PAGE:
daSelf-care isn’t something that you can just put off until you have more time. It is an active choice to participate in the activities that are known to increase your overall physical, emotional, psychological, social, and spiritual well-being. Take some time to truly consider how to integrate both basic self-care and highly personal self-care into your daily life. You will likely find that you feel much better in both body and mind.

The benefits of proactive self-care are numerous, measurable, and significant. You can see that it’s challenging to delineate these benefits in the many different areas of overall health, since self-care truly does impact an individual’s overarching well-being.

Physical Health
If you follow some of the basics of self-care, such as exercising, eating right, and reducing or eliminating alcohol or tobacco products, you can accomplish the following:

  • Likely enjoy a longer and higher-quality life
  • Reduce your risk of certain diseases such as diabetes, cancer, and coronary artery disease
  • Boost your overall energy
  • Enjoy better sleep
  • Ease pain and stiffness in your body
  • Reduce the risk of osteoporosis and bone fractures later in life

And if you’re really on-board with the concept, the spiritual and emotional self-care you provide for yourself can also improve your physical health by reducing the stress that can lead to heart and vascular disease, diabetes, and gastrointestinal problems.

Psychological Health
Stress can be useful for short periods of time to help individuals achieve important goals. Over a longer period of time, however, some of the feelings that accompany stress – such as fear, powerlessness, nightmares, anger, headaches, and back pain – can turn into a mental health disorder. Self-care, both physical and psychosocial, can reduce the risk of mental health problems over time.

Emotional Health
Psychological and emotional health overlap to some degree, but emotional health is about more than just the absence of a mental health problem. The term encompasses the feelings that accompany people who are well-rounded and content. Such people are able to laugh easily, bounce back from adversity, retain a sense of meaning and purpose, flex with the challenges they face, and maintain a healthy self-esteem. Individuals who are consistently stressed out are much less likely to deal with stressors effectively, and thus less likely to enjoy emotional health than those people who have provided themselves with the self-care needed to manage stress.

Interpersonal or Social Health
Many studies show that individuals with solid social ties have far lower mortality rates than those with lower-quality relationships. The measure of social health isn’t determined by the quantity of friendships, but by the quality of social ties. People with poor social ties generally feel that they have few, if any, people they trust and few people they can call upon for help if they’re ever in need. And unfortunately, people with poor social ties are more likely to experience ongoing stress, which can further reduce the quality of their relationships. Self-care values relationships and stress management can improve overall health outcomes by building social support.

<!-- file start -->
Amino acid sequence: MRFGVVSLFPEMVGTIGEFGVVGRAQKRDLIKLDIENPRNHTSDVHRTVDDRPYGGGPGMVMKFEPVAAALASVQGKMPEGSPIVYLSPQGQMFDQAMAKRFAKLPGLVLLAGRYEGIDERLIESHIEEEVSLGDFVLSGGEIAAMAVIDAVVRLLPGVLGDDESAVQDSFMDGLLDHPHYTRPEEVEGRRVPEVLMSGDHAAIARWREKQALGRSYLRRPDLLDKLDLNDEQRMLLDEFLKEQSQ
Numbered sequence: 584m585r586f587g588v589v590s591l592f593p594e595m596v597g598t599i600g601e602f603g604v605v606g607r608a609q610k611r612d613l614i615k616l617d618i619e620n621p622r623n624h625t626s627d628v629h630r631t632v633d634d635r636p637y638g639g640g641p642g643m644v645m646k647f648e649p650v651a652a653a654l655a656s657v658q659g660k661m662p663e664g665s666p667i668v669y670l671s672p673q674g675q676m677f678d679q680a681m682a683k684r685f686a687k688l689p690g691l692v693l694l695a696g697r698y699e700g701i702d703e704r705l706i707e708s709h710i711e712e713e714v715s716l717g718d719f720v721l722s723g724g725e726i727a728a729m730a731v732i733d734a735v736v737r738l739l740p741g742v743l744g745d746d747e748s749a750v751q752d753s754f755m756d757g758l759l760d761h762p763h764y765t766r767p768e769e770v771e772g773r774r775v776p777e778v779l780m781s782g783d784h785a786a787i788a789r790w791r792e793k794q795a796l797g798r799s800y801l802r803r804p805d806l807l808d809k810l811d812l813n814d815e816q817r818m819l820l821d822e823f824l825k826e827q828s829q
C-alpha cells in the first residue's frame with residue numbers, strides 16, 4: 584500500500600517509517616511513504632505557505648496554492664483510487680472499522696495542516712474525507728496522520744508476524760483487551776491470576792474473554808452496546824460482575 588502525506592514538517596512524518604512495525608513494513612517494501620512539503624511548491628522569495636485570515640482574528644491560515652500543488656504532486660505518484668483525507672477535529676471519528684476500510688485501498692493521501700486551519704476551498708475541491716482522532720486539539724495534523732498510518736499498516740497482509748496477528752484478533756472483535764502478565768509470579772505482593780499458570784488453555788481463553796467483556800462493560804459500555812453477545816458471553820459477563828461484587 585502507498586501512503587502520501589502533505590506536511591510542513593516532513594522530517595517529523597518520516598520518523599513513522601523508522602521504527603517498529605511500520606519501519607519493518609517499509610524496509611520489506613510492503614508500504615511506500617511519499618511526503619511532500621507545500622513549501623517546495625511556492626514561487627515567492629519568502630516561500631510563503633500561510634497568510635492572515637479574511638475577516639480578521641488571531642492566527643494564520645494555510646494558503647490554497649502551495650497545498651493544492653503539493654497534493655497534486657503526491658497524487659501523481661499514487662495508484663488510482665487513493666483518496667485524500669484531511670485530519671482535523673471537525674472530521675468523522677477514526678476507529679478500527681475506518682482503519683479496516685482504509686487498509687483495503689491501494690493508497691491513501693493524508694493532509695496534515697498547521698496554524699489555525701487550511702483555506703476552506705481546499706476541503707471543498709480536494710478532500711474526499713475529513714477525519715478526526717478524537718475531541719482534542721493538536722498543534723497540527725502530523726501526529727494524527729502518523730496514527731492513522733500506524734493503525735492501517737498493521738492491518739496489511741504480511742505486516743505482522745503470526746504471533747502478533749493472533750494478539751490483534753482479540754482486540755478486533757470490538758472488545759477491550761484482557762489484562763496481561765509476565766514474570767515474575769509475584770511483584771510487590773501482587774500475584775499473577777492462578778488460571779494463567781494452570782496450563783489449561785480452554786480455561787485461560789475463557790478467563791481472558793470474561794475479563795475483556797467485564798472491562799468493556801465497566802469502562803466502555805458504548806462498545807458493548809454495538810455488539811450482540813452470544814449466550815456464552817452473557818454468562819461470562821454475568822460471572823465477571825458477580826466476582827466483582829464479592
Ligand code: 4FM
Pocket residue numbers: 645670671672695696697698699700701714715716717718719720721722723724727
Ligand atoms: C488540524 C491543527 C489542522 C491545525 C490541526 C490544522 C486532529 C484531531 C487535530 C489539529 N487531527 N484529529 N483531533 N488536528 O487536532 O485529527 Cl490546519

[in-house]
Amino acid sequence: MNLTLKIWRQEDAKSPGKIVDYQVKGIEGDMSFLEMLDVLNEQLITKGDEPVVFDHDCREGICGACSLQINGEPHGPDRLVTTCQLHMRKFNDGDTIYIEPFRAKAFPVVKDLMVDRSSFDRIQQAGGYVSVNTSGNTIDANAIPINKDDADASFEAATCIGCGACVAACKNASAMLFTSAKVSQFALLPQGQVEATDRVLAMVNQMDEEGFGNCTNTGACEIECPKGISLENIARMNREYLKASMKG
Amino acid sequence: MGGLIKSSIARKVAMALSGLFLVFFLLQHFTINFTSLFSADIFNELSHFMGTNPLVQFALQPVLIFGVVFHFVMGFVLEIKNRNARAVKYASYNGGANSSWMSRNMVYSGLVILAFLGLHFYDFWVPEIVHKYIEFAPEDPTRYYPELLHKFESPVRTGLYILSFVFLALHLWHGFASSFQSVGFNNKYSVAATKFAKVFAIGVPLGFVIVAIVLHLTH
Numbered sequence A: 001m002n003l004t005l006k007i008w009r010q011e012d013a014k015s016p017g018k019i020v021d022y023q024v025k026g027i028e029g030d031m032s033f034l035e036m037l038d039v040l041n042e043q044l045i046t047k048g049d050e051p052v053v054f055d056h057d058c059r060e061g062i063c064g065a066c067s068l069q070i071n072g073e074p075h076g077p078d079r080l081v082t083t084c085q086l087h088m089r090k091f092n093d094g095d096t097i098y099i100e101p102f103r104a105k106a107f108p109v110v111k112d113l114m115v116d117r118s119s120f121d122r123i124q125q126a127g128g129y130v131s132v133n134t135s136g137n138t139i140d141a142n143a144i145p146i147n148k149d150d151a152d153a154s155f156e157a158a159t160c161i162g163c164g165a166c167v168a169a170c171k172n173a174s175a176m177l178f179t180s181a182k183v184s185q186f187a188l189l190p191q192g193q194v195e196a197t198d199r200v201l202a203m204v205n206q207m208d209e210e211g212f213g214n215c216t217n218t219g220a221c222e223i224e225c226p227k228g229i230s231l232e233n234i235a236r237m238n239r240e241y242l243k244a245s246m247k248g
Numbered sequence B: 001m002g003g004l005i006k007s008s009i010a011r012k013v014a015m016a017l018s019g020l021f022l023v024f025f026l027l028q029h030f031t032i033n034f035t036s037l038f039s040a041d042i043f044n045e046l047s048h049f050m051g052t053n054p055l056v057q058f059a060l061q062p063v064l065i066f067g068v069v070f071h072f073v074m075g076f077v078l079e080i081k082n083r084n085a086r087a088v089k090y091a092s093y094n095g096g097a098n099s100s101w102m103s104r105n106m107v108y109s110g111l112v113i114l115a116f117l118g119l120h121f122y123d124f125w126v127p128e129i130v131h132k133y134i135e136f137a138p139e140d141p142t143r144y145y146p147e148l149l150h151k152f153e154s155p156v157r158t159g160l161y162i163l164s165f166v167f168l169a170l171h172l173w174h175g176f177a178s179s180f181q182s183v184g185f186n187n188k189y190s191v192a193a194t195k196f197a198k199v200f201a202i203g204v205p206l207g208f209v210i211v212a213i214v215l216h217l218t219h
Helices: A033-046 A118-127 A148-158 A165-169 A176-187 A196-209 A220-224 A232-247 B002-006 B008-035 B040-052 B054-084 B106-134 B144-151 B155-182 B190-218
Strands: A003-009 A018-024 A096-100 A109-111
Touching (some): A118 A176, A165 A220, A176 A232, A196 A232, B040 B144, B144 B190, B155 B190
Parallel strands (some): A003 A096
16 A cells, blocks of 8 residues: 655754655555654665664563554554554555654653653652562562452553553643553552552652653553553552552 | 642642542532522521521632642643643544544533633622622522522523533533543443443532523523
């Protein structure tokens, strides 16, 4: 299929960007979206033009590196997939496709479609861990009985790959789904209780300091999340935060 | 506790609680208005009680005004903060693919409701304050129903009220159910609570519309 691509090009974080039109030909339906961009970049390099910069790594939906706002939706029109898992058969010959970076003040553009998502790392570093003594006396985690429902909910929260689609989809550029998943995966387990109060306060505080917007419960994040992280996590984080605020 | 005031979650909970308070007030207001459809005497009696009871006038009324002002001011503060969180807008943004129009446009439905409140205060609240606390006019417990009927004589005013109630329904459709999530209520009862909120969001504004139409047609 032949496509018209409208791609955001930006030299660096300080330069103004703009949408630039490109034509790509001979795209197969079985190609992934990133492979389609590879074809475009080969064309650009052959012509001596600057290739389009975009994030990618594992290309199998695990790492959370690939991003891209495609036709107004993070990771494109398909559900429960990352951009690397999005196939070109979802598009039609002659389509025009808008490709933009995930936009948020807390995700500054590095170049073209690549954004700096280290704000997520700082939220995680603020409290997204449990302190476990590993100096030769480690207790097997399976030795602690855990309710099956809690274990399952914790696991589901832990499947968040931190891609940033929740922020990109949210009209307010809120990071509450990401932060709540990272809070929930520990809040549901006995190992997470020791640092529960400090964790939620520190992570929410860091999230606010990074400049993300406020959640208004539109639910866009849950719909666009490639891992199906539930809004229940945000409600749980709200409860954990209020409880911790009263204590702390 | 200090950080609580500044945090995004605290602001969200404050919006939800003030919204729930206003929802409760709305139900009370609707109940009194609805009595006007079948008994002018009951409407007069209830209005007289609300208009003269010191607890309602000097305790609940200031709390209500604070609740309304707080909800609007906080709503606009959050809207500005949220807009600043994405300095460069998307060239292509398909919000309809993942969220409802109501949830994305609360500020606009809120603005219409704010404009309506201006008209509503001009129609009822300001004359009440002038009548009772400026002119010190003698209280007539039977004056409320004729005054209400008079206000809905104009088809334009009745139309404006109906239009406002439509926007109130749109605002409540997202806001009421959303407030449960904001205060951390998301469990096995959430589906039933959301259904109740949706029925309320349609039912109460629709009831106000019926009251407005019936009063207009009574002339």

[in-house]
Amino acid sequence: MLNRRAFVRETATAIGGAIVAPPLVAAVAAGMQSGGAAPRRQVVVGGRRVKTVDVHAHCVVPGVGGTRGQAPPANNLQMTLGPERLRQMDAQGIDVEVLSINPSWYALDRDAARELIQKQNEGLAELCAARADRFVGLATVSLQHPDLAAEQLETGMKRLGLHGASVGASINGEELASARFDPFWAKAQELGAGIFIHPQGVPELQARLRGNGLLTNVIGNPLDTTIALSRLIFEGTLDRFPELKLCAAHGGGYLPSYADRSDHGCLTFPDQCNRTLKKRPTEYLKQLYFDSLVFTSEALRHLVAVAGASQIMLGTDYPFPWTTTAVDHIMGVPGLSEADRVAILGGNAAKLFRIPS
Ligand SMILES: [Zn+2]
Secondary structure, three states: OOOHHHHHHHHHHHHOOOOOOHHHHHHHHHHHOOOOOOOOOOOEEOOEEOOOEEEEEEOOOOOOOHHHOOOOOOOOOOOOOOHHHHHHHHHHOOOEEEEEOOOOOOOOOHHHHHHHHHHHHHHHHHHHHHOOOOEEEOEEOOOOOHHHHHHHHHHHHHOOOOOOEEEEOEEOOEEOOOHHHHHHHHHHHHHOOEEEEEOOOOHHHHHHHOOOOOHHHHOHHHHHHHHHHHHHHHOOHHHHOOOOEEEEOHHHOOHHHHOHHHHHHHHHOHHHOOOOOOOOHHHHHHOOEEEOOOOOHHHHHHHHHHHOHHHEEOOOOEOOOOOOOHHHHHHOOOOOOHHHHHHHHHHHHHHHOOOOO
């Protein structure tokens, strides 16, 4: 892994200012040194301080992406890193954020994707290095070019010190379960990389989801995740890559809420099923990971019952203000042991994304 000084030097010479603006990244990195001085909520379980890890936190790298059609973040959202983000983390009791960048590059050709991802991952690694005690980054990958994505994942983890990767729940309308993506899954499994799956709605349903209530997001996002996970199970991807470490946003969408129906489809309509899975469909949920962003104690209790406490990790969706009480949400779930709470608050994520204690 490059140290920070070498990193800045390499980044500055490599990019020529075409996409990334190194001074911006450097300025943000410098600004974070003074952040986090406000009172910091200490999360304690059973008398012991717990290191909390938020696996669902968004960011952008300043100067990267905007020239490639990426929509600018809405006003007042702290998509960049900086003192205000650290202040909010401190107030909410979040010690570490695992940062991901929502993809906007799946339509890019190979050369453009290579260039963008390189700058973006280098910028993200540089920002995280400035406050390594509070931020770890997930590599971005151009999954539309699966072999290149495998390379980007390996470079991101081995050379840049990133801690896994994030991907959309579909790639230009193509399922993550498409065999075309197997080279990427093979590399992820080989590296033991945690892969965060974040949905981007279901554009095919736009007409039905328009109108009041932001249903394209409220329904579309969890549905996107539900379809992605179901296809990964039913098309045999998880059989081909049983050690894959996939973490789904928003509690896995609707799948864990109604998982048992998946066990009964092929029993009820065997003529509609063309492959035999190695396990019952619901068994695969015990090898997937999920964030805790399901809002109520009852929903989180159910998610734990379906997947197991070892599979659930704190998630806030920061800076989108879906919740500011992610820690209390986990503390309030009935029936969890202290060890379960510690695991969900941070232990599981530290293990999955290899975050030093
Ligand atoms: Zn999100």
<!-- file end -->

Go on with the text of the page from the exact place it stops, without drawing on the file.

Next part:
Spiritual Health
Spirituality is not necessarily the practice of a religious faith, although the religious faithful certainly practice spirituality. Spirituality is defined as any avenue through which a person finds meaning, hope, comfort, and inner peace. Although it’s not entirely clear how spirituality is tied to physical health, research indicates that spiritual vitality positively impacts health outcomes.

There are several ways that you can work self-care into your day:

  • Add It to the Calendar. If you’re a workaholic, put at least one thing you enjoy doing for yourself on your calendar every week. Like goal-setting, you’re much more likely to actually participate in self-care if you write it down as something that needs to happen.
  • Confide in Your Spouse or Partner. You can even make the goal for self-care a family goal, since it’s likely that your partner is similarly depleted. Try to find one way that the two of you can support each other in self-care activities every week.
  • Ask Your Boss for Flexibility. See if there is any flexible time available at work for occasional telecommute options or for the opportunity to take a long lunch break for a massage as long as the time is made up the next day.
  • Bring Your Children With You. Children are often cited as reasons individuals don’t practice self-care. However, your children can be part of the solution. Bring them to a farmers’ market to select healthy produce, or take them to the park with you so you can all run around together.
  • Infuse Self-Care Into Your Day. It’s not always possible to get away for a vacation or for an entire day of relaxation. However, five minutes of deep breathing in your car or t’ai chi during your lunch break can also be effective in mitigating stress.